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Smartphones may make people dull

"Our research provides support for an association between heavy smartphone use and lowered intelligence," said psychologist Gordon Pennycook.

By Brooks Hays
Smartphones may make people dull
Researchers say mobile search may make people lazy thinkers. Photo by maxpro/Shutterstock

WATERLOO, Ontario, March 6 (UPI) -- A new survey suggests that, for some, smartphones may encourage lazy thinking -- allowing users to solve problems via computer rather than exercise their brainpower.

The survey looked at three previous studies involving 660 participants that attempted to define and quantify their analytical strategies and skills. The researchers looked at thinking styles on a scale ranging from intuitive to analytical. Participants verbal and numeracy skills were also measured.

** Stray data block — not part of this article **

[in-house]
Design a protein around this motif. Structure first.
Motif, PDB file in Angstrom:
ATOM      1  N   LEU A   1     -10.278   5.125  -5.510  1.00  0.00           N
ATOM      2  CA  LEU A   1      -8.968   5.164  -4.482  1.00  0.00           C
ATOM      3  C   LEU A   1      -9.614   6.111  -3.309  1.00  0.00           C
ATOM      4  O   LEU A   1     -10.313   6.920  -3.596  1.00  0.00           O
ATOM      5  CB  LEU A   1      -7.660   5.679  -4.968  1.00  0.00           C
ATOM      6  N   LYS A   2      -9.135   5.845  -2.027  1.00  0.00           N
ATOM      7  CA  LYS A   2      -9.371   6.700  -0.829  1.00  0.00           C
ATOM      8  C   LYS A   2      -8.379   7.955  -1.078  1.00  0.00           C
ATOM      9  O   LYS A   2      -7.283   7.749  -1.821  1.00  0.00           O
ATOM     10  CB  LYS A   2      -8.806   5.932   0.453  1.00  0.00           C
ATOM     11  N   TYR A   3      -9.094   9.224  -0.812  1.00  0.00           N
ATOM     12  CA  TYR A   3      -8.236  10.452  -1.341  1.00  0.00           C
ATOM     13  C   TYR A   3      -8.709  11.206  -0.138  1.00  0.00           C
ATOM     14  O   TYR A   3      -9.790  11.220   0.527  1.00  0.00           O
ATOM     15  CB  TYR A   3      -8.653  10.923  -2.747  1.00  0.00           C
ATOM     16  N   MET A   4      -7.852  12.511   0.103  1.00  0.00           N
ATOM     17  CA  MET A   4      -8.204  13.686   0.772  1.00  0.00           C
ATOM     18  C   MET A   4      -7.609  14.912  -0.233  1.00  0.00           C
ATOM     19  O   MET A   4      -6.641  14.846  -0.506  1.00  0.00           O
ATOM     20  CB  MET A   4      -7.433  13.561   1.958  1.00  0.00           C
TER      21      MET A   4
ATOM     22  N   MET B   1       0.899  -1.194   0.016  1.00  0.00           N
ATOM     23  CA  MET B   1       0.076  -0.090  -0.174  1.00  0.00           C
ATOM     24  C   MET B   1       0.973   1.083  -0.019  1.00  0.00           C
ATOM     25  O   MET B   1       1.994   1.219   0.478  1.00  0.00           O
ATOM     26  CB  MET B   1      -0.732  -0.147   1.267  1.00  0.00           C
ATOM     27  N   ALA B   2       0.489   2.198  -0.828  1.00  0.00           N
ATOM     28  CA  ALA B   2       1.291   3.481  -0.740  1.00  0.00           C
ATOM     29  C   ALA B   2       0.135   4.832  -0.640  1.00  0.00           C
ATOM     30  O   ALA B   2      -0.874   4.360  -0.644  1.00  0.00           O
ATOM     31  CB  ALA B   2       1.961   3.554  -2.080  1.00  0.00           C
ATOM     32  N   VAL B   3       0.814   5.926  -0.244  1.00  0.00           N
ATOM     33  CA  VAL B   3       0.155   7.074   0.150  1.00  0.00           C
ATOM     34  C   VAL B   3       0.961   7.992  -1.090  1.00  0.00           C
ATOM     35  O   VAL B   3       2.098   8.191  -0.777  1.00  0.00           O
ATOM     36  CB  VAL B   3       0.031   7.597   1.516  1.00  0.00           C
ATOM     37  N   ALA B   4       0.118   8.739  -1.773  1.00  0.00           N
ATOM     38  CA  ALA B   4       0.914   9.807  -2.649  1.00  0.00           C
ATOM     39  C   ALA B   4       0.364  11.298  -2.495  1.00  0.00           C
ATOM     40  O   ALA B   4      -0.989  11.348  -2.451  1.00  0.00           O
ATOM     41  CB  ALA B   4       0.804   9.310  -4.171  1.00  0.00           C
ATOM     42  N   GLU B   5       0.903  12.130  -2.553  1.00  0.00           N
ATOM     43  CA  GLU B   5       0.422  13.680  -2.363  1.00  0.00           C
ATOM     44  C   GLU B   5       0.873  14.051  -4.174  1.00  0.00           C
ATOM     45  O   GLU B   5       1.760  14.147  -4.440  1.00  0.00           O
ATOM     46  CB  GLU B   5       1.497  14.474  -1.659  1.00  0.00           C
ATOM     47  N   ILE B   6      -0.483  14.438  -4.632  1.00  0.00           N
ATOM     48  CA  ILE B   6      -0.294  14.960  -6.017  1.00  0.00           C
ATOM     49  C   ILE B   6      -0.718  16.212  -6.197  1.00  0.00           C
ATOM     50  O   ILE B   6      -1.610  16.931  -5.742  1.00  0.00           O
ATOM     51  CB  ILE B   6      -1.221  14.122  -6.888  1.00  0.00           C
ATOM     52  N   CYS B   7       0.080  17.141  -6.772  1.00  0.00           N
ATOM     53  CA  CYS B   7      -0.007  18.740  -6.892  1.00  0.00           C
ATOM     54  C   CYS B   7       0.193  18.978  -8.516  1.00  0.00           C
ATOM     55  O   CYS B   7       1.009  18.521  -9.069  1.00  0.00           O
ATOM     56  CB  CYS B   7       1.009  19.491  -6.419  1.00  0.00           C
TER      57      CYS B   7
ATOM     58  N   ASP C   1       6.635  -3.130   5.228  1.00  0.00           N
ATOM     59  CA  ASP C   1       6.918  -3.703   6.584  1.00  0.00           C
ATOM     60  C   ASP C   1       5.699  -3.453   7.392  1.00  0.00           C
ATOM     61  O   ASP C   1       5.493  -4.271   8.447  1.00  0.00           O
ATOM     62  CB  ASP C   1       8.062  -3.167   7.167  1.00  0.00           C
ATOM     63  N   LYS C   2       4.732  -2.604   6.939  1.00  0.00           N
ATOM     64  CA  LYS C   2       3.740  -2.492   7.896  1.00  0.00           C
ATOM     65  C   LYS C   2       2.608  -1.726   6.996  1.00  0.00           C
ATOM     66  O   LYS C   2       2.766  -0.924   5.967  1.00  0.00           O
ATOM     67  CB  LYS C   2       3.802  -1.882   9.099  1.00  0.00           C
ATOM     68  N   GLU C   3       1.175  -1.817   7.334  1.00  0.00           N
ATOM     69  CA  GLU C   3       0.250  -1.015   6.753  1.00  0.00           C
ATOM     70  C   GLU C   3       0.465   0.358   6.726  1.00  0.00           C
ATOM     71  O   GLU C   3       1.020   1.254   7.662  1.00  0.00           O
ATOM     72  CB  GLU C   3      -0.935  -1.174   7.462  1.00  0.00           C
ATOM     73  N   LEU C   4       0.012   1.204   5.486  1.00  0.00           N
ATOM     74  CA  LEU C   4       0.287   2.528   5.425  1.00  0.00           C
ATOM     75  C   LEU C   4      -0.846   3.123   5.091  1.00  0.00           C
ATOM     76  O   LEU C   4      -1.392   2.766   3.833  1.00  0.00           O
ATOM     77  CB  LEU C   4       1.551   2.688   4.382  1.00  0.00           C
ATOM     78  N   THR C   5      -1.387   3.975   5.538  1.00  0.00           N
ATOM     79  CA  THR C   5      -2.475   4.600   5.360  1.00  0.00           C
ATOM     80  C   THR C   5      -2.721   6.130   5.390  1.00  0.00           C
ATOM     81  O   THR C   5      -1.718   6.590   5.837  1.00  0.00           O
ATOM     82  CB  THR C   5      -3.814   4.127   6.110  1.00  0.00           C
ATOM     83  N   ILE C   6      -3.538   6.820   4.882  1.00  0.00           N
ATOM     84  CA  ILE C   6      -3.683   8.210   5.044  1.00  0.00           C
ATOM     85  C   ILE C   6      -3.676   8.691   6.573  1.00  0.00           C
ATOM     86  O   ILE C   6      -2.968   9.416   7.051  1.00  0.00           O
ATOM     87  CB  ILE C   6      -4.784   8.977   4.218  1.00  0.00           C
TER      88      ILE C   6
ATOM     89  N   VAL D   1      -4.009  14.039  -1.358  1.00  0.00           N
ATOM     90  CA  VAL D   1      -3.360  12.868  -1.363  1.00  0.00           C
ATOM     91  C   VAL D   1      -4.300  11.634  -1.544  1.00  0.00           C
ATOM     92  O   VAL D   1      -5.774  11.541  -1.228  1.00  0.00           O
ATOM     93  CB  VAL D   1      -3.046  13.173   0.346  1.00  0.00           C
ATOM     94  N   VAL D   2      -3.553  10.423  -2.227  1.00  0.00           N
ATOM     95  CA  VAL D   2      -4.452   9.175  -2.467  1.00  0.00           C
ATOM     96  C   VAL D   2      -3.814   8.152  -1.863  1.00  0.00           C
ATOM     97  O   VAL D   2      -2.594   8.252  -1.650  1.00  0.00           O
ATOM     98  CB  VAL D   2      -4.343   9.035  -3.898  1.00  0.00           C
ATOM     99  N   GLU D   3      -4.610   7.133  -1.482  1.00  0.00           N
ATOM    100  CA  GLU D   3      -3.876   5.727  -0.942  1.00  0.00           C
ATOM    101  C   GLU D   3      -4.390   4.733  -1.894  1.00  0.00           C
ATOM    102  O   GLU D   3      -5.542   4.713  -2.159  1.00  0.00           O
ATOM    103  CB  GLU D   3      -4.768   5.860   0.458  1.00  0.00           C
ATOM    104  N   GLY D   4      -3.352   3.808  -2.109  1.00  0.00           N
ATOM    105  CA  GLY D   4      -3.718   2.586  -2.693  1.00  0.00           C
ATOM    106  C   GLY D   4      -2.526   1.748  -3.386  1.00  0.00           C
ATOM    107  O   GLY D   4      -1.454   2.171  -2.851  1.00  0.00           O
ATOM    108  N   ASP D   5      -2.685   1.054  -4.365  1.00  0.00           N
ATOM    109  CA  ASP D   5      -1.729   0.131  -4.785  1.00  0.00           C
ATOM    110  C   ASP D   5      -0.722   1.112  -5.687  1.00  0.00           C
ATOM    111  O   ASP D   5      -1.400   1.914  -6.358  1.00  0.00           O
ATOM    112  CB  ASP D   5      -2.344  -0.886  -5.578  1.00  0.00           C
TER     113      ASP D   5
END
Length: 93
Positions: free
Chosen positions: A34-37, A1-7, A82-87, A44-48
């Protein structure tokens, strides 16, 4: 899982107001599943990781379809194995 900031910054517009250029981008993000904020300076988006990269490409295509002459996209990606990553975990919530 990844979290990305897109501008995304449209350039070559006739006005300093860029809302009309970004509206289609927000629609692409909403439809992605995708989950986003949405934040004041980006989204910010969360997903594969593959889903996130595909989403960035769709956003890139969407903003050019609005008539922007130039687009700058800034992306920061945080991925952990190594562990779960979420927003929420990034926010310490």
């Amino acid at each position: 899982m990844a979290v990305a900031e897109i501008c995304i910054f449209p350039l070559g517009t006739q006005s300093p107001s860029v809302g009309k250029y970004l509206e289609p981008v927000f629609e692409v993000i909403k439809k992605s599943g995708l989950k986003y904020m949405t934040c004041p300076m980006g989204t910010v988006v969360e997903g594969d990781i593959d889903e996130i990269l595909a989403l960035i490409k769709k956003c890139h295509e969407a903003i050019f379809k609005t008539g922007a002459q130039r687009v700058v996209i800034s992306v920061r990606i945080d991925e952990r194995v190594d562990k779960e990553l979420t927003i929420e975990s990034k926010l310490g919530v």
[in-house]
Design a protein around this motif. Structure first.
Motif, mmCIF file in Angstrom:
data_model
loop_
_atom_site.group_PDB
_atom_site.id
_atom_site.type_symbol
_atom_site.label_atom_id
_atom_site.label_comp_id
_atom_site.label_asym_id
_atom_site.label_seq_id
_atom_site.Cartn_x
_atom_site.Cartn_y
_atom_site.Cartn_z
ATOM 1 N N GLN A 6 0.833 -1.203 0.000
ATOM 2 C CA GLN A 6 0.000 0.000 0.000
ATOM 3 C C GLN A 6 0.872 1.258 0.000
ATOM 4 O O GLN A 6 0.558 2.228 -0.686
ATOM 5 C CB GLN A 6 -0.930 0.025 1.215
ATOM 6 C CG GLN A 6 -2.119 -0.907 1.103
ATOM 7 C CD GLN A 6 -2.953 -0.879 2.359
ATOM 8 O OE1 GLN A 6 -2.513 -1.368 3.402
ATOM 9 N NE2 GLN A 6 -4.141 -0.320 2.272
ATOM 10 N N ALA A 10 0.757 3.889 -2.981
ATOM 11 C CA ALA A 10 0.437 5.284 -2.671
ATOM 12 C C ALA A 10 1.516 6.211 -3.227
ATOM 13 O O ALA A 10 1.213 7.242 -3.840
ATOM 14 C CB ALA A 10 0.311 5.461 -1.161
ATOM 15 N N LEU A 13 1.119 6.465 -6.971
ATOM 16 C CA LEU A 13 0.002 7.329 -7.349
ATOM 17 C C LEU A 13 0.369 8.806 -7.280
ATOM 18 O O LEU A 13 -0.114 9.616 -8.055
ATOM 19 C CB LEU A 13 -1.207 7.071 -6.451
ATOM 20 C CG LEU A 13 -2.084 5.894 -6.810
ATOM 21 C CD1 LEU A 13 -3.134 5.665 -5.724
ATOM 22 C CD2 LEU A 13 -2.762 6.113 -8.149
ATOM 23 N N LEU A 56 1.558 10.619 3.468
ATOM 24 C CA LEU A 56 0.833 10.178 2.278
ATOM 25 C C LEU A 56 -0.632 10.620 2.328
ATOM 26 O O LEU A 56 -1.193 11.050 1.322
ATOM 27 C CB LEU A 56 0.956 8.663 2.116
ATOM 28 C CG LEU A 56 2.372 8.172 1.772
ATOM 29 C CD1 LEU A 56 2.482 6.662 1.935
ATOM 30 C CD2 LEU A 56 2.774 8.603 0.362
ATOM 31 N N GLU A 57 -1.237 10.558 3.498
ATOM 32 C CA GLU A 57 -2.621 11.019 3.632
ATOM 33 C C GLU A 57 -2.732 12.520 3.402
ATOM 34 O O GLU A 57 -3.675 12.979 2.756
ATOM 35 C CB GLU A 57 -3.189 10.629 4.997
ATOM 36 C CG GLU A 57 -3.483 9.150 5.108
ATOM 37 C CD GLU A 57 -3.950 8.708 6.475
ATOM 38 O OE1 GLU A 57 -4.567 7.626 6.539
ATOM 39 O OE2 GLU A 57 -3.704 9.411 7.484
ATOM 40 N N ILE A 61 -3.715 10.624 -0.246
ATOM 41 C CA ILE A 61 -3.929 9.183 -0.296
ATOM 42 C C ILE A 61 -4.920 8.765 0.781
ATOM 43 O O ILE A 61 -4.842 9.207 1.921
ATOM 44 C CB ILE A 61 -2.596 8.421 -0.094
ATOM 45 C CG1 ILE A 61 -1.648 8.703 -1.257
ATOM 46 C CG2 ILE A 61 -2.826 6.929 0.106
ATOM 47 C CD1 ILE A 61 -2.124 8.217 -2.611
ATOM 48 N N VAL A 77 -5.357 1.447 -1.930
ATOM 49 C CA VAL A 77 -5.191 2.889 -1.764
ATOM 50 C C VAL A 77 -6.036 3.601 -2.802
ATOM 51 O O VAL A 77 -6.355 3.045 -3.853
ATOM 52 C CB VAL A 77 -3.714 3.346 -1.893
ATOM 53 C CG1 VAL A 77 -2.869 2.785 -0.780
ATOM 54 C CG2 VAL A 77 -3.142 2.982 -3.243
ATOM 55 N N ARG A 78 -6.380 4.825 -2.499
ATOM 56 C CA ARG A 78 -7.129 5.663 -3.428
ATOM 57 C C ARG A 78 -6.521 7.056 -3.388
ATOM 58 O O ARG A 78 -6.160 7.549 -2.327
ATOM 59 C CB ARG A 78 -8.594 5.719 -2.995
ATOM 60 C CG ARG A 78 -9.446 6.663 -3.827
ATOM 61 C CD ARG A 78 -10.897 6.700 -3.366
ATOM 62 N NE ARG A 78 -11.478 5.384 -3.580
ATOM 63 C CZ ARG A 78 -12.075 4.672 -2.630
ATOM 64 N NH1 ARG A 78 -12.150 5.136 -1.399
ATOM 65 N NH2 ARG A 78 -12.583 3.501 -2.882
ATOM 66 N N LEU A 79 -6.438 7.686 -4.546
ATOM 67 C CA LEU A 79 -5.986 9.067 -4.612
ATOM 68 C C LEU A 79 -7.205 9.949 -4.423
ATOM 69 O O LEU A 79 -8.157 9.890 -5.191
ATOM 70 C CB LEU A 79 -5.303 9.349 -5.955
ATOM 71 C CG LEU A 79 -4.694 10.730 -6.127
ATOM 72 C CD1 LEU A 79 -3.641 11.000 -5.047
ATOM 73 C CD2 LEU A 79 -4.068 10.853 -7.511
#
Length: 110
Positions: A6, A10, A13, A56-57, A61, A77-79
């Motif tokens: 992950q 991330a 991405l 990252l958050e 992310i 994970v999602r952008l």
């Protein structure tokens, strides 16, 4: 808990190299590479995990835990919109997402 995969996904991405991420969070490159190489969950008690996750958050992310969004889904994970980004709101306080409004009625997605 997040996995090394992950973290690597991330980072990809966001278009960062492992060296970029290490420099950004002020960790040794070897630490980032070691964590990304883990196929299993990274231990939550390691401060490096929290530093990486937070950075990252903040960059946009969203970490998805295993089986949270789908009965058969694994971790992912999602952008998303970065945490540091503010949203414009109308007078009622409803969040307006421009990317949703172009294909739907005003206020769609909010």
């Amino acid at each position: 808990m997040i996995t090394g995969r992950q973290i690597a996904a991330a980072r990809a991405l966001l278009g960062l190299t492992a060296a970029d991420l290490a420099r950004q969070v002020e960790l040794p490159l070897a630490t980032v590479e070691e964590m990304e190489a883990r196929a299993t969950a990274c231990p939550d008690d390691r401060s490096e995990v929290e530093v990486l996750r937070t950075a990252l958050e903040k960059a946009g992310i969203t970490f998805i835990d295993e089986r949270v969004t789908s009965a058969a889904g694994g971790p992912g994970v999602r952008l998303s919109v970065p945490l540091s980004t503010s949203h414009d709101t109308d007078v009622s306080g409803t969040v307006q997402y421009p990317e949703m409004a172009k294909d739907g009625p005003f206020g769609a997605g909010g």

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Analysis of participants smartphone habits showed the more analytic thinkers who showed stronger cognitive ability spent less time using the search engine function on their devices.

Analysis suggests intuitive thinkers are more likely to take shortcuts in the process of problem-solving and knowledge acquisition, while more analytical thinkers are likelier to second-guess themselves and take a more detailed and logical cognitive approach.

"Decades of research has revealed that humans are eager to avoid expending effort when problem-solving and it seems likely that people will increasingly use their smartphones as an extended mind," study co-author Nathaniel Barr, a postdoctoral researcher at the University of Waterloo, explained in a press release.

Researchers also found that higher use of social media and entertainment applications was correlated with lower cognitive skills.

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"Our research provides support for an association between heavy smartphone use and lowered intelligence," study co-author Gordon Pennycook, a psychologist at Waterloo, added. "Whether smartphones actually decrease intelligence is still an open question that requires future research."

The study was published this week in the journal Computers in Human Behavior.

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